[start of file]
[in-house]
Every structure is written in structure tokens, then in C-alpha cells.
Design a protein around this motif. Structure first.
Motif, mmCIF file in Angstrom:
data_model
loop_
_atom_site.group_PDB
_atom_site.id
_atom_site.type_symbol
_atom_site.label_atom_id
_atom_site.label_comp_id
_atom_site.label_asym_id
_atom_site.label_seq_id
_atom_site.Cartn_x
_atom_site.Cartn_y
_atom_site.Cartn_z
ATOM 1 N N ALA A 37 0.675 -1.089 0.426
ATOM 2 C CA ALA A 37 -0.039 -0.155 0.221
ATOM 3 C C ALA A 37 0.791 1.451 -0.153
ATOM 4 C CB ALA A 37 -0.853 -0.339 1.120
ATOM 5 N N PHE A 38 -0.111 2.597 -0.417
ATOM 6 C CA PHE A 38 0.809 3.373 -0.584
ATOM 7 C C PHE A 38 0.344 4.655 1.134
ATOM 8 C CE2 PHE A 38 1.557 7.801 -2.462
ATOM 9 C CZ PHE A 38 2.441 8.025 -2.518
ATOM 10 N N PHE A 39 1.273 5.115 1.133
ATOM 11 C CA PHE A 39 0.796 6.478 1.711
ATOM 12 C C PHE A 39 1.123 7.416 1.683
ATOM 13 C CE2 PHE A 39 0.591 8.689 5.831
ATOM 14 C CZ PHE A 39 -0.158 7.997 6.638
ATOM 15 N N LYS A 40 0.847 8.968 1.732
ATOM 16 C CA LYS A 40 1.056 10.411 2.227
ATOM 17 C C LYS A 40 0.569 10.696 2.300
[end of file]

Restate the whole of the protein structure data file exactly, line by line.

[in-house]
Every structure is written in structure tokens, then in C-alpha cells.
Design a protein around this motif. Structure first.
Motif, mmCIF file in Angstrom:
data_model
loop_
_atom_site.group_PDB
_atom_site.id
_atom_site.type_symbol
_atom_site.label_atom_id
_atom_site.label_comp_id
_atom_site.label_asym_id
_atom_site.label_seq_id
_atom_site.Cartn_x
_atom_site.Cartn_y
_atom_site.Cartn_z
ATOM 1 N N ALA A 37 0.675 -1.089 0.426
ATOM 2 C CA ALA A 37 -0.039 -0.155 0.221
ATOM 3 C C ALA A 37 0.791 1.451 -0.153
ATOM 4 C CB ALA A 37 -0.853 -0.339 1.120
ATOM 5 N N PHE A 38 -0.111 2.597 -0.417
ATOM 6 C CA PHE A 38 0.809 3.373 -0.584
ATOM 7 C C PHE A 38 0.344 4.655 1.134
ATOM 8 C CE2 PHE A 38 1.557 7.801 -2.462
ATOM 9 C CZ PHE A 38 2.441 8.025 -2.518
ATOM 10 N N PHE A 39 1.273 5.115 1.133
ATOM 11 C CA PHE A 39 0.796 6.478 1.711
ATOM 12 C C PHE A 39 1.123 7.416 1.683
ATOM 13 C CE2 PHE A 39 0.591 8.689 5.831
ATOM 14 C CZ PHE A 39 -0.158 7.997 6.638
ATOM 15 N N LYS A 40 0.847 8.968 1.732
ATOM 16 C CA LYS A 40 1.056 10.411 2.227
ATOM 17 C C LYS A 40 0.569 10.696 2.300